Apologetics: An Interview with J.P. Moreland
Below is an interview I conducted with Distinguished Professor, Dr. J.P. Moreland (Biola University). He is the author of multiple books, including The God Question and the award-winning Kingdom Triangle. We discuss the value of apologetics (defending the faith) in our so-called “postmodern” world. This interview first appeared in my book Apologetics for a New Generation (Harvest House, 2009).
Sean McDowell: Why important is it to train people to defend their beliefs today?
J.P. Moreland: Everyone wants to have beliefs that make sense. You don’t pick a girlfriend or a boyfriend, or buy a house or a car, if you have absolutely no idea whatsoever if she’s a decent girl or if the house has holes in the roof. In any decision you make in life, you at least try to look into it enough to decide whether it’s a sensible decision. This shouldn’t be any different with God. If we’re trying to decide if we are going to give our lives for this, then we should care as to whether there is anything that can be said for it. Apologetics is a ministry of helping people overcome barriers to belief or to growing in their belief.
Sean: Can we argue people into the Kingdom?
JP: Can you force someone to become a Christian with an argument? No. But you can’t force them by sharing your testimony or telling your narrative. In fact, there is nothing you can do except put a gun to their head, perhaps, that would force somebody to become a Christian. But no one thought that apologetics was about forcing people to do anything. All apologetics does is help people find answers if they’ve got obstacles or difficulties in their hearts and lives.
Sean: Why do apologetics sometimes get criticized?
JP: First, people often misunderstand what it means to do apologetics. Many people associate apologetics with a cold, objective, didactic presentation of the facts that is meant to control what people believe. If that’s what apologetics were about, you could count me out as well! This overlooks the type of reasoning of The Chronicles of Narnia by C.S. Lewis, which is presented in story form in a very warm, passionate way. You can even engage in apologetics through presenting your own testimony while including some of the reasons you found persuasive. Second, in a culture where people are not well educated any longer, where they know deep in their hearts that they cannot think very well, or they know they really don’t know why they believe what they believe, it’s too painful to admit that they are inadequate and they need to grow and then have to do their homework to make progress. It’s a simple way to dismiss the problem by just saying, “Who gives a rip about that anyways?” So, then you can just sit in your laziness and complacency and not have to do the hard homework of growing.
Sean: What advice would you give for talking to non-believers?
JP: It’s important to remember that you don’t have to hit a home run every time you do apologetics. If you can move somebody just a little bit further down the road, just to help to bump them down a little bit, you could be a real success in your conversation with them. This is true even if you didn’t know that you did so.
Sean: What happens to Christians who don’t know why they believe what they believe?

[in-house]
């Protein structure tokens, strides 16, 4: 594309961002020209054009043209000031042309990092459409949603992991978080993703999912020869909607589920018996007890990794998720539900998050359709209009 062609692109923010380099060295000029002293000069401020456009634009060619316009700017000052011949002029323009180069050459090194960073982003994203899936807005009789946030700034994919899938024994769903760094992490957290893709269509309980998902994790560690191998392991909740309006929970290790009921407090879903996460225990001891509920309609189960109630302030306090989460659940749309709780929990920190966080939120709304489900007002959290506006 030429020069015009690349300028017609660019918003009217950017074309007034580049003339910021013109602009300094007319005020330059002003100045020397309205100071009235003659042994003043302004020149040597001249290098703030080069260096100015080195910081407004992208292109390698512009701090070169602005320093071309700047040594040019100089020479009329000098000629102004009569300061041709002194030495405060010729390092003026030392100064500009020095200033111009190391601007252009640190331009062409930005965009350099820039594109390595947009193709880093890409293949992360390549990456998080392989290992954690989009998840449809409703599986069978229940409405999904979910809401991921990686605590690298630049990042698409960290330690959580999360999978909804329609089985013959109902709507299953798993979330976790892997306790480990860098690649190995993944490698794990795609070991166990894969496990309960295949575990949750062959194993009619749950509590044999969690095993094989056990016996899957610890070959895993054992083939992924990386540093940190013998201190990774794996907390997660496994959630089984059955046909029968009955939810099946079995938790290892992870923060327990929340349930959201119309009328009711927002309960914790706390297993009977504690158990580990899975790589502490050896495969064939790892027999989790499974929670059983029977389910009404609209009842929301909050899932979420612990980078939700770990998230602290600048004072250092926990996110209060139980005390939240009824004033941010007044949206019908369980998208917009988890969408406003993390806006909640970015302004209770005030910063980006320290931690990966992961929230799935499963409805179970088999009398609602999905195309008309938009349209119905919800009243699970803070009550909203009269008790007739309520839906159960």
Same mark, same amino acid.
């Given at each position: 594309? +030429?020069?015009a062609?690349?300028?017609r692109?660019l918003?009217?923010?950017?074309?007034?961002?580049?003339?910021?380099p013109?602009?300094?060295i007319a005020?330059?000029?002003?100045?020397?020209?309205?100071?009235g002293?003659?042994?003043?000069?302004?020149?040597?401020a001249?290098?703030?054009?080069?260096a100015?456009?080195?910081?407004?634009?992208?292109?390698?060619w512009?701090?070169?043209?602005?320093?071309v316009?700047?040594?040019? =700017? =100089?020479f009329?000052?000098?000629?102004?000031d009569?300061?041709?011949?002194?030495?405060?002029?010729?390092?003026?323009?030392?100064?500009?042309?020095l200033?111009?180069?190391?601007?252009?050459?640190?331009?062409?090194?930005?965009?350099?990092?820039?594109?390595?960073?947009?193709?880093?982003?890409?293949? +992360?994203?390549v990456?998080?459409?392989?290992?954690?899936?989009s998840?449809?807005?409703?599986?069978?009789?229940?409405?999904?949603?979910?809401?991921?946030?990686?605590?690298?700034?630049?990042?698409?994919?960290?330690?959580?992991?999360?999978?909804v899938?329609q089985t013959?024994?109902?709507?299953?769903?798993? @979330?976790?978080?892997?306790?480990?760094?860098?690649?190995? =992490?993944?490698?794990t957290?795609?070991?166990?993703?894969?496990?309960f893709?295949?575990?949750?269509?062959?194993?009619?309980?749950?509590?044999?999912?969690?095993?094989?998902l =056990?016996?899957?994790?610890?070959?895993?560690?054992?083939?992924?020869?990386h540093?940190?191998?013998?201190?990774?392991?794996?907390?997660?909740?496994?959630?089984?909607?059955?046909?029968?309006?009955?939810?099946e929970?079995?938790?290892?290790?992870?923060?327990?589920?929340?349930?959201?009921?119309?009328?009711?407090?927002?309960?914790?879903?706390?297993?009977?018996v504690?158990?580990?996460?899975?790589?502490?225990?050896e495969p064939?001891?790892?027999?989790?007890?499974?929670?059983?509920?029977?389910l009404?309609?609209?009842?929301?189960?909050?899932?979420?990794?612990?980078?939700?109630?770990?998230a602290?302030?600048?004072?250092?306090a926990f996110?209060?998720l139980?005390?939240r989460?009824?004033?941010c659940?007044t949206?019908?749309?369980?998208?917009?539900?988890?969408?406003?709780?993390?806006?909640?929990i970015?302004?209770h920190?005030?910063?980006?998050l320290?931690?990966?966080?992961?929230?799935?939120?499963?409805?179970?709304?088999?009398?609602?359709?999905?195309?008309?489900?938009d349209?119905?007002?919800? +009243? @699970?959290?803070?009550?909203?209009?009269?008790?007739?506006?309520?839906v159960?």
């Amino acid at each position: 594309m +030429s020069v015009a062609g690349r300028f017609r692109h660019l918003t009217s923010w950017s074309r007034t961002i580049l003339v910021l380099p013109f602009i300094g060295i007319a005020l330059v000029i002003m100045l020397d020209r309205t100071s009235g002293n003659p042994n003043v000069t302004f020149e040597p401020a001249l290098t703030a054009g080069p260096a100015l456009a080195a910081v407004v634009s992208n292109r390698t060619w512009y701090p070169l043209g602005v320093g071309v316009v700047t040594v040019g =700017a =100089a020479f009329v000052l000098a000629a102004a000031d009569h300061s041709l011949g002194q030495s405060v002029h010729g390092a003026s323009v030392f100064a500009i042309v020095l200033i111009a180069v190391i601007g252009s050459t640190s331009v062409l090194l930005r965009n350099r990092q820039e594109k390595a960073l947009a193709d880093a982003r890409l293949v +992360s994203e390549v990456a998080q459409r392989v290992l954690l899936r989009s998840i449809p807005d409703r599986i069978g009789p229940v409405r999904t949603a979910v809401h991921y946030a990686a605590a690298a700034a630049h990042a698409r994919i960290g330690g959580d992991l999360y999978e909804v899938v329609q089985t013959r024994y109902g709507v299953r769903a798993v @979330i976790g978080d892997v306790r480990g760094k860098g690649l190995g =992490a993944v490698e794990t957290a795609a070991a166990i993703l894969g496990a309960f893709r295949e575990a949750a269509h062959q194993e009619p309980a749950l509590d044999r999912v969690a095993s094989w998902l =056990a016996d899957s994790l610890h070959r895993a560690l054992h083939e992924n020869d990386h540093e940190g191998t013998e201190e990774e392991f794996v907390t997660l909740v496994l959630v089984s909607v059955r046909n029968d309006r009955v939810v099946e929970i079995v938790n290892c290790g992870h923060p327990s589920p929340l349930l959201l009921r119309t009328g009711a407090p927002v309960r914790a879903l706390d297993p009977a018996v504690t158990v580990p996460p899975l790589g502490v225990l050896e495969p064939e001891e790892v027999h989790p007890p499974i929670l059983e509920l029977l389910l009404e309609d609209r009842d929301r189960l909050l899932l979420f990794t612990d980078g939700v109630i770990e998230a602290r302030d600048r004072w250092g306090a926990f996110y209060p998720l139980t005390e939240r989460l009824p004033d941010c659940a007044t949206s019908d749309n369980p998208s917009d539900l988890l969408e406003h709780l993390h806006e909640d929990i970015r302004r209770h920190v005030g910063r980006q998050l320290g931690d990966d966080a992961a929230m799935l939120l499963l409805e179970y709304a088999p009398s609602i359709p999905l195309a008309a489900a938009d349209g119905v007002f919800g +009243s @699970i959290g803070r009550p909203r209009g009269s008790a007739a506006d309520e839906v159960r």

JP: They tend to retreat to a form of personal subjectivism or to a safe ground where they can’t be interrogated any further. Or, they will use the Bible in a way it was never intended for—as a trump card. They’ll say, “That’s what the Bible says, and that’s the end of the story.” If you look in the book of Acts and observe how the apostles did evangelism, they didn’t say to them, “Listen. Believe me. I’m an apostle. What I’m saying are inspired words of God. That settles it.” Rather, they engaged in dialoguing and reasoning with people.
Sean: Does apologetics help with evangelism?
JP: Here is the key question: How do you develop people who have the kind of confidence and courage to abandon their whole lives to Christ, who really want to change the world, backing it up with their actions? You don’t do it by having a faith that’s true for me, and maybe not true for you, or a faith where, at the end of the day, all you can say is, “This is what we believe. Listen to our story.” I challenge anyone who opts for that approach to discipleship to look and see if the people that are being nurtured in that kind of environment are radically committed to change the world for Christ and getting after it out there among the unbelieving world. On the other hand, if you find people who have received a little bit of training into how to defend their faith—their evangelism, their courage—they’re becoming radical and counter-cultural.
Sean: In 1 Corinthians 8:1 Paul says that knowledge puffs up. How do we teach people to defend their faith in a way that avoids conceit?
JP: The proper response to the “knowledge puffs up” thing is not for us to be ignorant, because Paul does talk about knowledge among the mature. But it is humility, and I think that one of the things that you do is that you help people remember their own deep failings and inadequacies. When I look at my own life, I realize that I am a man who is broken and in desperate need of help. How am I going to look down on somebody else when I realize what a frail, needy little guy I am? I think that what you end up in is gaining greater confidence in the message with a more realistic appreciation of yourself—as a person with some gifts, but also a tremendous number of weaknesses who needs help.
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